Monday, June 29, 2015

Bruno Liljefors and the Fox

The Swedish wildlife artist Bruno Liljefors (1860-1939) spared no effort to achieve a lifelike quality in his paintings.


He skipped social gatherings so that he could rise early and go into the countryside to lie motionless for hours, hidden behind reeds at the water's edge.

Occasionally he brought a gun, saying "Sometimes I have to kill these birds and animals in order to dissect and study their structure." But he needed to see them up close and alive to understand their postures and movements.

He tried sketching at zoos, but found that "the modified captivity of the animals distorts their character and changes their habits."



He created his own menagerie in Uppsala, Sweden with more free-roaming spaces, but even there he found they acted unnaturally—especially the fox, who he wanted most to observe.

So one day he decided to set the fox free.
"When he turned his fox loose he gave him a fair start over his hounds, intending to have a fox-hunt all to himself; but the fox waited quietly for the dogs to come up with him, and then they played together. It was a failure, even from an artistic point of view."  
Quotes from Brush and Pencil, Vol XV, June 1905.

Sunday, June 28, 2015

Kickstarting a Will Davies Art Book



Will Davies was the premier Canadian illustrator of the Mad Men era. He's 91 years old now, not painting anymore, but he's still going strong, sharp as ever. (link to video)


Leif Peng, right, created the Today's Inspiration blog which spotlights illustrators from the mid-century era. He has been working to create a full-color, hardbound art book celebrating Will Davies' career.


With three days to go, The Kickstarter campaign is already funded, but Leif and Simon want to get the word out to make sure everybody is aware of the project and its rewards. 

Their dream is to put this book in the hands of Mr. Davies and let him know how much we all love his work.

Final Questions about Gouache


James Gurney, Calla lilies, watercolor and gouache
Joseph Gyurcsak, an artist and brand manager for Utrecht art supplies, wrote to me in the middle of Gouache Week offering to answer any remaining questions. He told me that he worked on developing Utrecht's line of gouache for more than two and a half years, and that he learned a lot about the medium during that time. 



[Gurney]  How would you define gouache compared to other water-based media?
[Gyurcsak/Utrecht] "Firstly, I would like to say by definition gouache is OPAQUE watercolor for those who are confused. Gouache colors were not intended to have the same vibrancy as watercolor because the formulation properties are entirely different. They can be permanent and long lasting; just look at the works of John Singer Sargent or Winslow Homer's wonderful interplay of transparent washes (watercolor) with semi-transparent and opaque passages of gouache. There are times when this interplay (transparent, opaque and impasto) is done as masterfully as an oil painting!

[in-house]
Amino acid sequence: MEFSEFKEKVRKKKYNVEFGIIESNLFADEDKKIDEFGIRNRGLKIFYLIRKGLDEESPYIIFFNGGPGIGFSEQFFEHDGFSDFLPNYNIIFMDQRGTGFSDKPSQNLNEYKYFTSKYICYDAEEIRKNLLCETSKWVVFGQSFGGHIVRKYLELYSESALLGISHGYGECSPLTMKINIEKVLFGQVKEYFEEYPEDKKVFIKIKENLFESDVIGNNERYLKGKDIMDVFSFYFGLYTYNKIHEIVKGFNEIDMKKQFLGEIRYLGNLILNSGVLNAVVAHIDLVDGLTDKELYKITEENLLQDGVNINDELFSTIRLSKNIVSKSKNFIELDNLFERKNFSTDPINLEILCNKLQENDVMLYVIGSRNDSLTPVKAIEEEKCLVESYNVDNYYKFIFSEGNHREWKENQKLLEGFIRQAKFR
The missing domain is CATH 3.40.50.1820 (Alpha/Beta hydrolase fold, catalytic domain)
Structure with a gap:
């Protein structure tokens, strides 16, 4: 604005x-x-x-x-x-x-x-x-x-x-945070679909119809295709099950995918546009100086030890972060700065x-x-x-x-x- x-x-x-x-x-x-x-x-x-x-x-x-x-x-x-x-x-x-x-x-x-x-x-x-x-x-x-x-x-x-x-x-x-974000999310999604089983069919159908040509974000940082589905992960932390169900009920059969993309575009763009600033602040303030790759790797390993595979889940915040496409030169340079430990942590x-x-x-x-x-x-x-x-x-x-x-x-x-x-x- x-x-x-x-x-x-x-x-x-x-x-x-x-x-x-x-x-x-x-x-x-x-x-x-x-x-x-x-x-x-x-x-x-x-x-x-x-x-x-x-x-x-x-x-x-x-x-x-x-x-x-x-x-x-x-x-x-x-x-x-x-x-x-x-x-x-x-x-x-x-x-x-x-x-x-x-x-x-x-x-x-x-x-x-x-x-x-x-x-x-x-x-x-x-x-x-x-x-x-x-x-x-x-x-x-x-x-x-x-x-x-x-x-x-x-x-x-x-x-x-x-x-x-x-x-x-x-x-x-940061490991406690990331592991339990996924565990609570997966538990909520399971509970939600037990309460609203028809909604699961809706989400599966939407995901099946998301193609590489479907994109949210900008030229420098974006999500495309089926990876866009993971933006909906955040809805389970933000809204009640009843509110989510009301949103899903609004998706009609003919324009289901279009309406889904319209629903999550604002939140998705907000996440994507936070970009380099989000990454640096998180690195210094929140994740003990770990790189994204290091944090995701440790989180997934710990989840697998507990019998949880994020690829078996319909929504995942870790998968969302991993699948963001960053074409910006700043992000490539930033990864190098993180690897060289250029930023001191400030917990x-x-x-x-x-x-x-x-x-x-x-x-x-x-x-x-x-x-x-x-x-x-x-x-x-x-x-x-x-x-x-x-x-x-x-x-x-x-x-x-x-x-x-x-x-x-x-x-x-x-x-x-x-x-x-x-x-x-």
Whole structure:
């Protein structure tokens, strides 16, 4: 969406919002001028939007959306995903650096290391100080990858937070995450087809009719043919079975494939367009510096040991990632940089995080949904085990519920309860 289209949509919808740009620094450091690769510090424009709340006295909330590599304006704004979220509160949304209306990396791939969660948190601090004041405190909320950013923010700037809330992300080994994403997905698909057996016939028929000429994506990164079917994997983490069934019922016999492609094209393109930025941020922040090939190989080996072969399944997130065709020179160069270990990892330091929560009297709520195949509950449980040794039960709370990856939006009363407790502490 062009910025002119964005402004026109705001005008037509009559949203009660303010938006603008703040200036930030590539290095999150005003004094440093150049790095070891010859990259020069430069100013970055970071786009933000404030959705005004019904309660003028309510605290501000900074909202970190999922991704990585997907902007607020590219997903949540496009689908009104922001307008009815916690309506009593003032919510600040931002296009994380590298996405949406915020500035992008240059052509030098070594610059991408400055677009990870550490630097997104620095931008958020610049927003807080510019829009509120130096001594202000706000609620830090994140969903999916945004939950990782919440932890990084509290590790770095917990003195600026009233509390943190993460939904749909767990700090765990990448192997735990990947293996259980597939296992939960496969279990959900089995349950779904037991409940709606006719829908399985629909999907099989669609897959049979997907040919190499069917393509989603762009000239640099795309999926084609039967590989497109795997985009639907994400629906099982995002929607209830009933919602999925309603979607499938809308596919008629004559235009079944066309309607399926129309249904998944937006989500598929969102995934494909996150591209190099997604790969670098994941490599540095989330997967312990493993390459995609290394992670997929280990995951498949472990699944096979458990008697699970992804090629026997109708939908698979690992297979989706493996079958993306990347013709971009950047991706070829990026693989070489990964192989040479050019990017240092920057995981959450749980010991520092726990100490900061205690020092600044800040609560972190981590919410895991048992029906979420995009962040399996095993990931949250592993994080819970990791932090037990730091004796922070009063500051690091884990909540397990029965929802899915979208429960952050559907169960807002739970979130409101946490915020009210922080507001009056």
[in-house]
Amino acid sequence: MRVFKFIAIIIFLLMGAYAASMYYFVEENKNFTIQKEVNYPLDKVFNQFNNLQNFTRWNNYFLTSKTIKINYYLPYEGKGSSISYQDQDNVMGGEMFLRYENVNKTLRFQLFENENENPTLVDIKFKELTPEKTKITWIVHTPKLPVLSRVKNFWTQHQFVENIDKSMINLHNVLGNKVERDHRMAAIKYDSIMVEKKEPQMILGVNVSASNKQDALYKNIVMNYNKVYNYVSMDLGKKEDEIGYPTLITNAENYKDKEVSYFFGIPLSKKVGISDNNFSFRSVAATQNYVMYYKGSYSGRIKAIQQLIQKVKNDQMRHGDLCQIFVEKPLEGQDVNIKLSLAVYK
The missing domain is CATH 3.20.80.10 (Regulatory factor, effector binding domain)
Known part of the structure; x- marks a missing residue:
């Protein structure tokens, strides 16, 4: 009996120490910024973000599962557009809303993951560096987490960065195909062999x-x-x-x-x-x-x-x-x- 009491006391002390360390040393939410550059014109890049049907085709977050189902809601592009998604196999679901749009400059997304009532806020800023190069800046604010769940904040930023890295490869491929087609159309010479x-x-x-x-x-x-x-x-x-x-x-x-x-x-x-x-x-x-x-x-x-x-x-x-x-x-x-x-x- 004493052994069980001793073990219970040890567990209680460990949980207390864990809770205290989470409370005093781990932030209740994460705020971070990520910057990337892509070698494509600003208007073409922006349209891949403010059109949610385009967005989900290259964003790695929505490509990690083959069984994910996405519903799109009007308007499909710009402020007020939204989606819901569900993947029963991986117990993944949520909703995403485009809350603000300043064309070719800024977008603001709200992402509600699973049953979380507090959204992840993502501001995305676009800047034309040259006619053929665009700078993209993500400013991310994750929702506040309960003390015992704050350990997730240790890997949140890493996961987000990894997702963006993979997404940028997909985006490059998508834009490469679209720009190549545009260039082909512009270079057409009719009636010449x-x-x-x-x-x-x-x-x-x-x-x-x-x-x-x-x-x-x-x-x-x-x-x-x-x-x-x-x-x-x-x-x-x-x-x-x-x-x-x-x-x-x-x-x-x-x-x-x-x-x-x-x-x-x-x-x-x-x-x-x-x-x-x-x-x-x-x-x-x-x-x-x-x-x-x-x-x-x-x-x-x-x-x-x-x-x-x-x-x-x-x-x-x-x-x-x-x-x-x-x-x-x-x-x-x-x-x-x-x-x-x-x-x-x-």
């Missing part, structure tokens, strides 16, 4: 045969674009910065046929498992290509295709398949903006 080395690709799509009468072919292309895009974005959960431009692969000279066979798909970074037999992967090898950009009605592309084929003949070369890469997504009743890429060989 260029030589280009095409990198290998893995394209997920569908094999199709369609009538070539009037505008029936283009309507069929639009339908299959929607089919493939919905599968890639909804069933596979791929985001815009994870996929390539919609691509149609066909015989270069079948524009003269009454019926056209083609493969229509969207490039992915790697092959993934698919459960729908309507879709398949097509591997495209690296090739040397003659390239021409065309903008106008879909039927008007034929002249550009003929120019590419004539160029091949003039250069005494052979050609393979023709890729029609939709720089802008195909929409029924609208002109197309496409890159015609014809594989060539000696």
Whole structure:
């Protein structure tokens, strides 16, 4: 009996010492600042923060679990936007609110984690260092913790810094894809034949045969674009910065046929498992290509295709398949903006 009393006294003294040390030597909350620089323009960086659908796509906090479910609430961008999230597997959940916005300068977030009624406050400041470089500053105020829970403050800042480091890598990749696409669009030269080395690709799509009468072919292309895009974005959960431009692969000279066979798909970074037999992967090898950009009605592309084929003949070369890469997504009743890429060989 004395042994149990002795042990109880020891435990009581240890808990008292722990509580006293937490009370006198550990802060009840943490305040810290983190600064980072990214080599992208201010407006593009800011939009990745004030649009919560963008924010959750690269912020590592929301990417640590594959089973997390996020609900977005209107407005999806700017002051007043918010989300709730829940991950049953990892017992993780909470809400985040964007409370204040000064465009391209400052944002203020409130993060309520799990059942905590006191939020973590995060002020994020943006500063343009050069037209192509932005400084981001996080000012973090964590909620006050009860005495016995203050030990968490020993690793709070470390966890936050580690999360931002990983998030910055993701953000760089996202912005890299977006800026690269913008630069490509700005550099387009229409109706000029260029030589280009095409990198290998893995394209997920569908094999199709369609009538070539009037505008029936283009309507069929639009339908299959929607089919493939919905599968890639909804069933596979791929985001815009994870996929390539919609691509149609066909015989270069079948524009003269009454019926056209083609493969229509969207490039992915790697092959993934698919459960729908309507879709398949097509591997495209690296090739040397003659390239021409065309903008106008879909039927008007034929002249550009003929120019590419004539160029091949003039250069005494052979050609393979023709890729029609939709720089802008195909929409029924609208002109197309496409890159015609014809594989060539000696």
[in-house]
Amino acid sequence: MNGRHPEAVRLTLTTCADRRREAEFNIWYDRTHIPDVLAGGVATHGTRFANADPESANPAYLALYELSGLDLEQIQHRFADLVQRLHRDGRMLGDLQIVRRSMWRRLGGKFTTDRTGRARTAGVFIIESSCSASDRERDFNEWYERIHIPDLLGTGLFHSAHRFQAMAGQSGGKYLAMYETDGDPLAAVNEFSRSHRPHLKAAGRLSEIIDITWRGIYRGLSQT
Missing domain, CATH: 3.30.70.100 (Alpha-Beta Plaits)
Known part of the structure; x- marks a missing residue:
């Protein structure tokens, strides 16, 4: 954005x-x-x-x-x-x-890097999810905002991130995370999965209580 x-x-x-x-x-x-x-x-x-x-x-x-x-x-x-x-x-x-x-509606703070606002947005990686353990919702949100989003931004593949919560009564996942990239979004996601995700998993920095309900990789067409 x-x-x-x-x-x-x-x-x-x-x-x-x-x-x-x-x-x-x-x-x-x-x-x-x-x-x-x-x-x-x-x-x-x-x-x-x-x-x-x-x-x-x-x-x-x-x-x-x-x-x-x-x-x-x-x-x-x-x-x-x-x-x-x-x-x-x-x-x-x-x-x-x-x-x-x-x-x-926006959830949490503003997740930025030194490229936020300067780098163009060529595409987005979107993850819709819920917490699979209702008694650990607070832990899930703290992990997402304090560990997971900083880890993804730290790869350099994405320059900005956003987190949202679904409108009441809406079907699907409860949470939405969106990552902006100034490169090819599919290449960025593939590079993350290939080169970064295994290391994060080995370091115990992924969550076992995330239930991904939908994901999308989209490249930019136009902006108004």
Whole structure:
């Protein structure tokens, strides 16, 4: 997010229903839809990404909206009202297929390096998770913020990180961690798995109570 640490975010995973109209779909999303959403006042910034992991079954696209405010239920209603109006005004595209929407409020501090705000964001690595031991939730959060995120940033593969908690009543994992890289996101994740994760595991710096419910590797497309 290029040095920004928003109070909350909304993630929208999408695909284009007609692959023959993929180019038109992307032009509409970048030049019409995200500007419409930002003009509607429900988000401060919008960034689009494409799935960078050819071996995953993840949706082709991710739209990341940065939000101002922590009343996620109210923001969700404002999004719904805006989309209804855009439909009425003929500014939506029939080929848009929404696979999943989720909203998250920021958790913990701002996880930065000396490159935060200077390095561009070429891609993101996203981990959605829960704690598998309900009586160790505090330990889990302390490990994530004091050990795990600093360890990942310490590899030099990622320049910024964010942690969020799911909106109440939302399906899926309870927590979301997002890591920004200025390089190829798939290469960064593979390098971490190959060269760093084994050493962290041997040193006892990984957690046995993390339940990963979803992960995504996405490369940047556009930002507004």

"One more truth: opaque colors in any medium and any brand color line will never carry the vibrancy of color intensity compared to any semi-transparent or transparent color when mixed with white! I preach this color mixing law to all students in my demos and lectures."

[Gurney]  When you helped develop the Utrecht line, what qualities did you want to achieve in the paint, and how did you do it? 
[Gyurcsak/Utrecht] "Gouache colors are very delicate formulations. They need to be opaque, even with pigments that don't want to go this way because of their nature. [They should have a] Flat to satin sheen, [and should] lay down flat, continuous washes without striking [Ed. streaking?] when dry, if possible (mainly for designers), flash dry (for rapid layer build up) and have the ability to create thin detail lines if needed. This is complex and demanding, and that is why the formulations are so very delicate in the pigment-loading ratios compared to all other ingredients.

[Gurney]  What's different about Utrecht gouache? 
[Gyurcsak/Utrecht] "Utrecht gouache is different in way of price. We try to be affordable for all level artists to enjoy professional level materials."

[Gurney]  Is there any way to retard the drying time in gouache, especially when using it in arid conditions? 
[Gyurcsak/Utrecht] "This is opposite to its flash dry [Ed. quick-drying] properties but if an artist must, ox gall or glycerin (with eye dropper) used sparingly will buy some more time."

[Gurney]  Is there any way to eliminate the value changes as gouache dries?
[Gyurcsak/Utrecht] "The shift is going to happen especially more when colors are opaque in gouache and acrylic. Artists develop a sense for working with various mediums and know how to mix in anticipation. Most good instructors advise a test scrap, or as we have seen in artworks from the past at museums, this testing done on borders outside the picture boundaries. I especially love seeing this, as it shows the artist thinking in color notes! Frederick Remington comes to mind."